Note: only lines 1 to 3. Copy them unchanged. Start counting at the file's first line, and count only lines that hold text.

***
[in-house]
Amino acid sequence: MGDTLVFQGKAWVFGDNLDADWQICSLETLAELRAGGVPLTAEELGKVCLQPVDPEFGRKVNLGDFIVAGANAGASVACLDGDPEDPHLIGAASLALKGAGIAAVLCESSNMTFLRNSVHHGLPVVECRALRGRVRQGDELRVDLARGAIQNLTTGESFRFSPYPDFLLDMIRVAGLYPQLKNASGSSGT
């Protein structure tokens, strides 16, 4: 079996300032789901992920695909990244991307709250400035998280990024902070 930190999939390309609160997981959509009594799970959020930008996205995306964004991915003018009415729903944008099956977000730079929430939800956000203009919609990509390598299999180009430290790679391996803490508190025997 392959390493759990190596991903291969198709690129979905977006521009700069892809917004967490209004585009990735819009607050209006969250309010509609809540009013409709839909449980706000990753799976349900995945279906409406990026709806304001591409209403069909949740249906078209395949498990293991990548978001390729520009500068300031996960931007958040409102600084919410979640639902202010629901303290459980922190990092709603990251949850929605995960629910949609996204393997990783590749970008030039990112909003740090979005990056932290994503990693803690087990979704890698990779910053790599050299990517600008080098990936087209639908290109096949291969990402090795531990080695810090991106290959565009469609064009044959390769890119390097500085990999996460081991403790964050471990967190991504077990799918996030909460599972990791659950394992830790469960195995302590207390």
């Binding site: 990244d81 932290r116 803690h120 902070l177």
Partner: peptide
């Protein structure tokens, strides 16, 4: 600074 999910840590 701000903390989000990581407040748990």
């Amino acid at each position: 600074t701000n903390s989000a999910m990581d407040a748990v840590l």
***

[in-house]
Amino acid sequence: MGDTLVFQGKAWVFGDNLDADWQICSLETLAELRAGGVPLTAEELGKVCLQPVDPEFGRKVNLGDFIVAGANAGASVACLDGDPEDPHLIGAASLALKGAGIAAVLCESSNMTFLRNSVHHGLPVVECRALRGRVRQGDELRVDLARGAIQNLTTGESFRFSPYPDFLLDMIRVAGLYPQLKNASGSSGT
């Protein structure tokens, strides 16, 4: 079996300032789901992920695909990244991307709250400035998280990024902070 930190999939390309609160997981959509009594799970959020930008996205995306964004991915003018009415729903944008099956977000730079929430939800956000203009919609990509390598299999180009430290790679391996803490508190025997 392959390493759990190596991903291969198709690129979905977006521009700069892809917004967490209004585009990735819009607050209006969250309010509609809540009013409709839909449980706000990753799976349900995945279906409406990026709806304001591409209403069909949740249906078209395949498990293991990548978001390729520009500068300031996960931007958040409102600084919410979640639902202010629901303290459980922190990092709603990251949850929605995960629910949609996204393997990783590749970008030039990112909003740090979005990056932290994503990693803690087990979704890698990779910053790599050299990517600008080098990936087209639908290109096949291969990402090795531990080695810090991106290959565009469609064009044959390769890119390097500085990999996460081991403790964050471990967190991504077990799918996030909460599972990791659950394992830790469960195995302590207390």